The open kitchen and lunch counter lit by Tiffany-style lamps at Eugene’s Diner & Bar at 112 North Main St. 
Richard Abel|Westmore News
The open kitchen and lunch counter lit by Tiffany-style lamps at Eugene’s Diner & Bar at 112 North Main St. Richard Abel|Westmore News

It was a long time coming, but now that it’s finally here, Eugene’s Diner & Bar at 112 North Main St. is a fun spot all the way around—décor, vibe and food. It fulfills chef/owner David DiBari’s motto: “Eat serious, have fun.”

“I had my eyes on Port Chester for quite some time, ever since The Cap moved in,” said DiBari, who owns three other restaurants in Dobbs Ferry—The Cookery, a 10-year-old Italian gastropub, The Parlor, a Neapolitan wood-fired pizza spot in a Lower East Side punk rock setting and The Rarebit, a British gastropub with the food and culture of England he opened with a partner within the past year. He also owns Doughnation, a wood-fired mobile pizza oven that can go anywhere for any type of celebration.

“I always wanted to do this diner concept and Port Chester represents what a diner is—where all walks of life can come together,” he said in an interview about a week and a half before Eugene’s opened on Apr. 5. “A policeman sits next to a gentleman and he says, ‘Didn’t you recently arrest me?’ and the cop says: ‘Yes, I did arrest you last week. Please pass the ketchup.’”

Philosophically that sounds great, and I’m sure you will get some of that exploration by people from all walks of life trying out a new restaurant, but on a long-term basis, the prices are kind of high for the blue-collar worker.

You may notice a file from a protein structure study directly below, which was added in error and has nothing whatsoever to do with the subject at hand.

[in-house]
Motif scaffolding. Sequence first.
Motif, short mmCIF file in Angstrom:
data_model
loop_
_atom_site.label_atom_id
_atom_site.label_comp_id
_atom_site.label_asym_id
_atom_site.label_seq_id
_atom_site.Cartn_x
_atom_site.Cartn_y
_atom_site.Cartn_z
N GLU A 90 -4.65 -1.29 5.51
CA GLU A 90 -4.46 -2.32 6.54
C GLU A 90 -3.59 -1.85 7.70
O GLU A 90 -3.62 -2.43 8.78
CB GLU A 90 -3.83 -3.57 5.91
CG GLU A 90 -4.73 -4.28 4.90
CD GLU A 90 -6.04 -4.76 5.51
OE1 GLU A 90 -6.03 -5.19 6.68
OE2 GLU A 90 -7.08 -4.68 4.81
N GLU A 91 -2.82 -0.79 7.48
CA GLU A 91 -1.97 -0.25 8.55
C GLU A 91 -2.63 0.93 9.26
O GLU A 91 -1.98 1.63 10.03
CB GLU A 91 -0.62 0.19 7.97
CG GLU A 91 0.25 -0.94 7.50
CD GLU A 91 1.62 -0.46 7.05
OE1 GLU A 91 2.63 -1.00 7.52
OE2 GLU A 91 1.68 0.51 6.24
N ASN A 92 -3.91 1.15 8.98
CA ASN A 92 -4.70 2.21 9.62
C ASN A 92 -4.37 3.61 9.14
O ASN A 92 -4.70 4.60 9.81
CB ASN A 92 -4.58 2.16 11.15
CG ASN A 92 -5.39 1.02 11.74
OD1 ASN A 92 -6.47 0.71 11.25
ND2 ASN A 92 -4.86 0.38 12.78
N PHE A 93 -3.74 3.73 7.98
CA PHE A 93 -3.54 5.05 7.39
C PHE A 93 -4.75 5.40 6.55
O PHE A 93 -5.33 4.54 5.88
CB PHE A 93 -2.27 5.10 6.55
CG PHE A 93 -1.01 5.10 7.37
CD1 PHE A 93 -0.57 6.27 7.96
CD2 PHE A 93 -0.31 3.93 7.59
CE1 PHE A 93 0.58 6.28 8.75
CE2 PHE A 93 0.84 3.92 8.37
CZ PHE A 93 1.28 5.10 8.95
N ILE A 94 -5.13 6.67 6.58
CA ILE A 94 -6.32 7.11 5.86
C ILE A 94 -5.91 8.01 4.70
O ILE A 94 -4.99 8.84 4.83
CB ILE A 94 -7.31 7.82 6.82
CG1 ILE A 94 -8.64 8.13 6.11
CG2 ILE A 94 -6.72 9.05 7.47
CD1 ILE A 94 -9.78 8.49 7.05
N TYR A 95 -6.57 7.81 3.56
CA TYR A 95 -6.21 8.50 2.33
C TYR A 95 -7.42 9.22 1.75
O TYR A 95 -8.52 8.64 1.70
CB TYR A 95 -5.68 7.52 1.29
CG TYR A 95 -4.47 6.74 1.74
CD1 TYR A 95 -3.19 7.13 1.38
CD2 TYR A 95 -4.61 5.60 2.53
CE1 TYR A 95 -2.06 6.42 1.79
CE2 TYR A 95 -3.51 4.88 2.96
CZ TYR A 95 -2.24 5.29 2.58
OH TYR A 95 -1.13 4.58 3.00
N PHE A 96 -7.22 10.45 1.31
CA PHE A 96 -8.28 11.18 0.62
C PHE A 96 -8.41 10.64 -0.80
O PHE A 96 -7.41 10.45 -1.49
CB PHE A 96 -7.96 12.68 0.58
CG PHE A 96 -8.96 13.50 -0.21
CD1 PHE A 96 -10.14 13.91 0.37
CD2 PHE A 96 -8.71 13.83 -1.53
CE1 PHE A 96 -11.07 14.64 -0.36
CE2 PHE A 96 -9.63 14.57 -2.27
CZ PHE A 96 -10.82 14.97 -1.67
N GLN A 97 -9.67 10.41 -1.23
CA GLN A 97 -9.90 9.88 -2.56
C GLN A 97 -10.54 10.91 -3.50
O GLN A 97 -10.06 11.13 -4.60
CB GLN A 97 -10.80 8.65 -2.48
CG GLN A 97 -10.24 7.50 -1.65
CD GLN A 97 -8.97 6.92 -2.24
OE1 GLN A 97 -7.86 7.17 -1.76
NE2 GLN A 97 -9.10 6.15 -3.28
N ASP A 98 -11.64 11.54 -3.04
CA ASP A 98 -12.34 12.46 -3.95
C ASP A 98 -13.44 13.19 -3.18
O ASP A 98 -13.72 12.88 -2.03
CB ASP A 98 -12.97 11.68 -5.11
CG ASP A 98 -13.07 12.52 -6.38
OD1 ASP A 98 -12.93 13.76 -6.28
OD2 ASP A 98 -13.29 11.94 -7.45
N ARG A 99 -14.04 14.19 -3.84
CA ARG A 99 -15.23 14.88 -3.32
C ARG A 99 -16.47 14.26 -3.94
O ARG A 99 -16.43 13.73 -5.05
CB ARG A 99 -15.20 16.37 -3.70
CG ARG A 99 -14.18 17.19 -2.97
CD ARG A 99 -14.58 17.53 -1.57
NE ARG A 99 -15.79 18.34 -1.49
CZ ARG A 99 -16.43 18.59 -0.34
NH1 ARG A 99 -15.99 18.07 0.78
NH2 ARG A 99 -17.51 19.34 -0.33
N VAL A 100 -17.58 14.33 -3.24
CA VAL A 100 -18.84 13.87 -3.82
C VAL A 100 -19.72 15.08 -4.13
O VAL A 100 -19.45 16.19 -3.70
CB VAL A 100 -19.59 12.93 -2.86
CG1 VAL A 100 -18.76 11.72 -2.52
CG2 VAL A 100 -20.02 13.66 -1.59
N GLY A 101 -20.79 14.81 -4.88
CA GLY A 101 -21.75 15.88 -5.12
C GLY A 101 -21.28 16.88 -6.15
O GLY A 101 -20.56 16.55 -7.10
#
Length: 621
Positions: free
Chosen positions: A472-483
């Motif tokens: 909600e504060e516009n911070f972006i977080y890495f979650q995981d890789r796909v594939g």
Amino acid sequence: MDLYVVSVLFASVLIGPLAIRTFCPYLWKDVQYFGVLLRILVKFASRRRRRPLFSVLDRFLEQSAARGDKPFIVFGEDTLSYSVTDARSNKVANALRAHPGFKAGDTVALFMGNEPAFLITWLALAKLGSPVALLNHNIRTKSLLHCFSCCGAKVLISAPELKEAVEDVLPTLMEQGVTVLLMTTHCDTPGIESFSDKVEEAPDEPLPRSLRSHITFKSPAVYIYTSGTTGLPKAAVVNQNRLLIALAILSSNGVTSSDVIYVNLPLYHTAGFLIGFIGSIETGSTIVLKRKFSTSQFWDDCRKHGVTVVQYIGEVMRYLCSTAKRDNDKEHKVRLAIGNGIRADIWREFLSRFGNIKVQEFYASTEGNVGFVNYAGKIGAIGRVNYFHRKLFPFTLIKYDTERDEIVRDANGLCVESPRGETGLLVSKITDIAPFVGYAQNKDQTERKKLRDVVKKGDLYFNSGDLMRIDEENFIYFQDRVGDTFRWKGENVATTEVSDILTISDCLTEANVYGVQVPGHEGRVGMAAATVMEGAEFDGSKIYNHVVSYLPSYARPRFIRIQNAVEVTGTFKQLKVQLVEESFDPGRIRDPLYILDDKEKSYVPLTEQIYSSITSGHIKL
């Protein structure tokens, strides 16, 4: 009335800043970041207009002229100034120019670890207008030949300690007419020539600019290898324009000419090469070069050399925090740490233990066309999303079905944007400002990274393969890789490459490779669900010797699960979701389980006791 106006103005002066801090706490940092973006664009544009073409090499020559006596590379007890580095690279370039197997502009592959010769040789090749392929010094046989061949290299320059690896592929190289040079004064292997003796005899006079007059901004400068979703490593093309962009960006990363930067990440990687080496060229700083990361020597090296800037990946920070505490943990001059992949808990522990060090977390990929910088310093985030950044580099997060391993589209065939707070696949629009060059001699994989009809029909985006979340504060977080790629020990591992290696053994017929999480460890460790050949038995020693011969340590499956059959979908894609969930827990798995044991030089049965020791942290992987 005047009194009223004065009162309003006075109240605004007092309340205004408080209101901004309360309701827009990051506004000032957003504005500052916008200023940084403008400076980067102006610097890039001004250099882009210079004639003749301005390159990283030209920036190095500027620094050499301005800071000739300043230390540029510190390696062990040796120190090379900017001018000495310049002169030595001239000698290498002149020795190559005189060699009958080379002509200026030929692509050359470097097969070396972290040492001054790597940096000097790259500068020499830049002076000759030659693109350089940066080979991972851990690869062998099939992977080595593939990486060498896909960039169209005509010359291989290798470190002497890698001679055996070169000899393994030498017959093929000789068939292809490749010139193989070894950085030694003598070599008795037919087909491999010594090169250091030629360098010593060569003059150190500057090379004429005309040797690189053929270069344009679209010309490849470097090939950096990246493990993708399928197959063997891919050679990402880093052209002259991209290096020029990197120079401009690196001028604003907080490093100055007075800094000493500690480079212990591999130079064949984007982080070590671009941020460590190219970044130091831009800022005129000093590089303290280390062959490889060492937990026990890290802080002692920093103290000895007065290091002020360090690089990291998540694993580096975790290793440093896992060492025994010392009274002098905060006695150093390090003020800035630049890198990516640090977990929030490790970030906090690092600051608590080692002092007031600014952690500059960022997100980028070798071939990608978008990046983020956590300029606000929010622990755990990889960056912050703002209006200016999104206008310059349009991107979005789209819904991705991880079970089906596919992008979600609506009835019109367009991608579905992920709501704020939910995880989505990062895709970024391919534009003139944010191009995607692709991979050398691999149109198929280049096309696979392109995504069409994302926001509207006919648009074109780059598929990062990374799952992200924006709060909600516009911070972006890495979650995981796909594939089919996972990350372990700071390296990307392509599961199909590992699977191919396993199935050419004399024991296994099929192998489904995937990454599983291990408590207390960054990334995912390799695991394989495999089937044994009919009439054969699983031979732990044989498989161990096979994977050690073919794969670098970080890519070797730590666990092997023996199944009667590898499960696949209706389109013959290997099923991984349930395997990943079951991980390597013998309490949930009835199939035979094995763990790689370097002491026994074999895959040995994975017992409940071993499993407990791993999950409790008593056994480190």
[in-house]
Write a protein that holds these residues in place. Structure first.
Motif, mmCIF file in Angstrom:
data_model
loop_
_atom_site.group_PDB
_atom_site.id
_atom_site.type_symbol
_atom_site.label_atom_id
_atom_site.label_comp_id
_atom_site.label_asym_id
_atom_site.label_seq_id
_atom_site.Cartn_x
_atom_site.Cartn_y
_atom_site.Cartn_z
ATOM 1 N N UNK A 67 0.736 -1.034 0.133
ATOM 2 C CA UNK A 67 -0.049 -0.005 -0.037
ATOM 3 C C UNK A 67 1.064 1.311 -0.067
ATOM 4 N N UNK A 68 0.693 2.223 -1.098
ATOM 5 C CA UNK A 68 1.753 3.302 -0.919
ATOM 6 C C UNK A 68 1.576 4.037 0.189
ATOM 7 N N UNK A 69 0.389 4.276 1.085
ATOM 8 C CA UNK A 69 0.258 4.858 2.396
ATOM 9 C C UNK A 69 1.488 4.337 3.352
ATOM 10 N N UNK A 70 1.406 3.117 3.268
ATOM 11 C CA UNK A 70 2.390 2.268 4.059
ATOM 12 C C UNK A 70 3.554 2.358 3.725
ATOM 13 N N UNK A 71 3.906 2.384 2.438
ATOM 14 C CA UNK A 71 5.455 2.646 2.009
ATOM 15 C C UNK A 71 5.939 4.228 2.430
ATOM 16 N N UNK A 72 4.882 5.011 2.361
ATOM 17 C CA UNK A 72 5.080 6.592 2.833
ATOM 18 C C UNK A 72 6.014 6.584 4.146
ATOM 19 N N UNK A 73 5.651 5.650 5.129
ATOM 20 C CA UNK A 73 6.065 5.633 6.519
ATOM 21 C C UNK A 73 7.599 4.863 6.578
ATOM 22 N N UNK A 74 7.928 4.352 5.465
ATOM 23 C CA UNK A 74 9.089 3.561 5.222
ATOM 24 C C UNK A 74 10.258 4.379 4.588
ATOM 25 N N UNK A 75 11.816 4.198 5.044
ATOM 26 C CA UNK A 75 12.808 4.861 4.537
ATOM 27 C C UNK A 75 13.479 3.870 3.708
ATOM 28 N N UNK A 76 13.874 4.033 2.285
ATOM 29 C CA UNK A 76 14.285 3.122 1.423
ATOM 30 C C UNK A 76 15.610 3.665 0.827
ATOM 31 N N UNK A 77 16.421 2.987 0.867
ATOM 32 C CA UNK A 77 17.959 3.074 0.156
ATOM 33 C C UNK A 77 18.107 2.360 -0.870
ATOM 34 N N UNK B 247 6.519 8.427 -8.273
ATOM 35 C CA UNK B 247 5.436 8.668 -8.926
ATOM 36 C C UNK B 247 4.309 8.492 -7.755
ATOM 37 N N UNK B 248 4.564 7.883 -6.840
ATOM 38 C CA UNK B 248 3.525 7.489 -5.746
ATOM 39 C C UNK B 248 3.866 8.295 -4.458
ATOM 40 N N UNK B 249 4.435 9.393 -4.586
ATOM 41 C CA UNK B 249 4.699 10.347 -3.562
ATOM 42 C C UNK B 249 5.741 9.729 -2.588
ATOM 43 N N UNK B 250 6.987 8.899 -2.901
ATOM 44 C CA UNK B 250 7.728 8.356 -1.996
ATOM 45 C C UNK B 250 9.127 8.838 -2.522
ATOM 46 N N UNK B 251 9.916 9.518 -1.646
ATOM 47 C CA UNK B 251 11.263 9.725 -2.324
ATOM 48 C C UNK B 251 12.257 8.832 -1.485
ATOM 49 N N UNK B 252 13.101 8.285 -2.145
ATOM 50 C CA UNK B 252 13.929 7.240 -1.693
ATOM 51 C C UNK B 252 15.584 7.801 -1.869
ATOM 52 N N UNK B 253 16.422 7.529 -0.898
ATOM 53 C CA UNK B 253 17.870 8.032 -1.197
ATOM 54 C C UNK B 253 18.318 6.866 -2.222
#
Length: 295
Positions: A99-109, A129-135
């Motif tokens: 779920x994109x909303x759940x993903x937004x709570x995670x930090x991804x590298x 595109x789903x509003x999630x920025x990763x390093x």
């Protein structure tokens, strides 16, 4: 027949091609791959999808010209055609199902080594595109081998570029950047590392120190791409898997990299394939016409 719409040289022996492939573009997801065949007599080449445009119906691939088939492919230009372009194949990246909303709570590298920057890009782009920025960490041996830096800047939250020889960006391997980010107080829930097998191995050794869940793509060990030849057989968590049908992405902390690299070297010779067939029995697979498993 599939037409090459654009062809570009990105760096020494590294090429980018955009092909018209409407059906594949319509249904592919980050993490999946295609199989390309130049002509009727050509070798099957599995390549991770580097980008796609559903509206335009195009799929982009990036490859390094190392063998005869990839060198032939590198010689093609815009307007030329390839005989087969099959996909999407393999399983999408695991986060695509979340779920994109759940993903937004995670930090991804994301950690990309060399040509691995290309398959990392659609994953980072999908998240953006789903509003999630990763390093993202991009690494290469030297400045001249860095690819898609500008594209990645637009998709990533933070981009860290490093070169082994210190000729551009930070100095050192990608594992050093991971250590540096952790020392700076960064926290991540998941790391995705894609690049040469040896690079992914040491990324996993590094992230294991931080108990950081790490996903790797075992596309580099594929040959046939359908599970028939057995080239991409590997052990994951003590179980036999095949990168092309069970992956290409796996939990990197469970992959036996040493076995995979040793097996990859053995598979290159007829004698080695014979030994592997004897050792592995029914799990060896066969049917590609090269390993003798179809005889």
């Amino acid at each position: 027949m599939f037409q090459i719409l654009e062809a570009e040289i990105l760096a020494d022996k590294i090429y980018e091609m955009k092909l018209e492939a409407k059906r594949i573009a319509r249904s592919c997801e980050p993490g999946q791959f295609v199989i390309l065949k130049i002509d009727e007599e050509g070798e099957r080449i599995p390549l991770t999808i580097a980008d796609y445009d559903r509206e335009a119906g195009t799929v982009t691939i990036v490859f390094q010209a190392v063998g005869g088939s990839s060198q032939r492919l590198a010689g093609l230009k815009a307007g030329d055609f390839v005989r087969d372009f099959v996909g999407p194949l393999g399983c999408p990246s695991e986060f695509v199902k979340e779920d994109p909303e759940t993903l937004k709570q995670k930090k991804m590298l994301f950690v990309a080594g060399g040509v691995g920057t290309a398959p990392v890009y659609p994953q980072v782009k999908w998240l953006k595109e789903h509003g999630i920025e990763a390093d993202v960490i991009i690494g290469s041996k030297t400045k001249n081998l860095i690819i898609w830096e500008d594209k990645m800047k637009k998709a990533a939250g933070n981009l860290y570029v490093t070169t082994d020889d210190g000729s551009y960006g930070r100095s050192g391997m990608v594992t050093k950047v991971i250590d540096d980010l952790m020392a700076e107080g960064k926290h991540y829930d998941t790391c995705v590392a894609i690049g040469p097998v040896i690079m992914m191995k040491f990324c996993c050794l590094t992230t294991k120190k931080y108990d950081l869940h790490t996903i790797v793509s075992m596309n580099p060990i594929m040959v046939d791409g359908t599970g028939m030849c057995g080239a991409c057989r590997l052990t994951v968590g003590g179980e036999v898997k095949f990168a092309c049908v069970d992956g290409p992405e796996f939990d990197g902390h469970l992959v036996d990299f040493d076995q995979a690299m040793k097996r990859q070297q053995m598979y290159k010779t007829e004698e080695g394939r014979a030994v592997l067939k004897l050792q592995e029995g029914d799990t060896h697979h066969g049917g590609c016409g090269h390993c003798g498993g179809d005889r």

Comfort food with a twist

“We condensed the greatest hits into a one-page menu with all the fun things I love about a diner,” said DiBari. “I want to go back to the basics—really delicious food that’s approachable and not concentrate on the bells and whistles.”

“A diner is a license to do whatever we want,” added DiBari, “different than what was done in the past.”

So, you can get comfort food like meat loaf, spam, fried bologna, a burger, a hot dog or grilled cheese. But they are anything but ordinary.

“Our motto is “burgers, shakes, pancakes and caviar,” said DiBari. “We have pancakes, but feel free to add foie gras. You can get a $10 griddle burger or grilled cheese with caviar ($18).”

The meatloaf is topped with Swedish gravy, which is delicious and just the right portion, but it costs $18 and comes with no sides. All the sides cost extra.

The natural all-beef hot dog ($14) is 13 inches long, made in-house and topped with mustard, crisp onion and Eugene’s own sauerkraut. It’s also served in a wooden holder with slots so it can easily be cut into pieces with a knife for non-messy eating, perfect for kids and adults alike.

The burger is a double beef patty served on a sesame bun with cheddar cheese and bread and butter pickles ($12).

I haven’t yet tried the spam. In fact, I was steering clear of it based on memories from childhood (I never actually ate it, just knew it came from a can), but the menu indicates it is rotisserie house made and served with a pineapple glaze. General Manager John Leggio said the whole pineapple you see roasting on the rotisserie is cut up, a slice goes on top and he insists this spam must be experienced. So that’s for another day.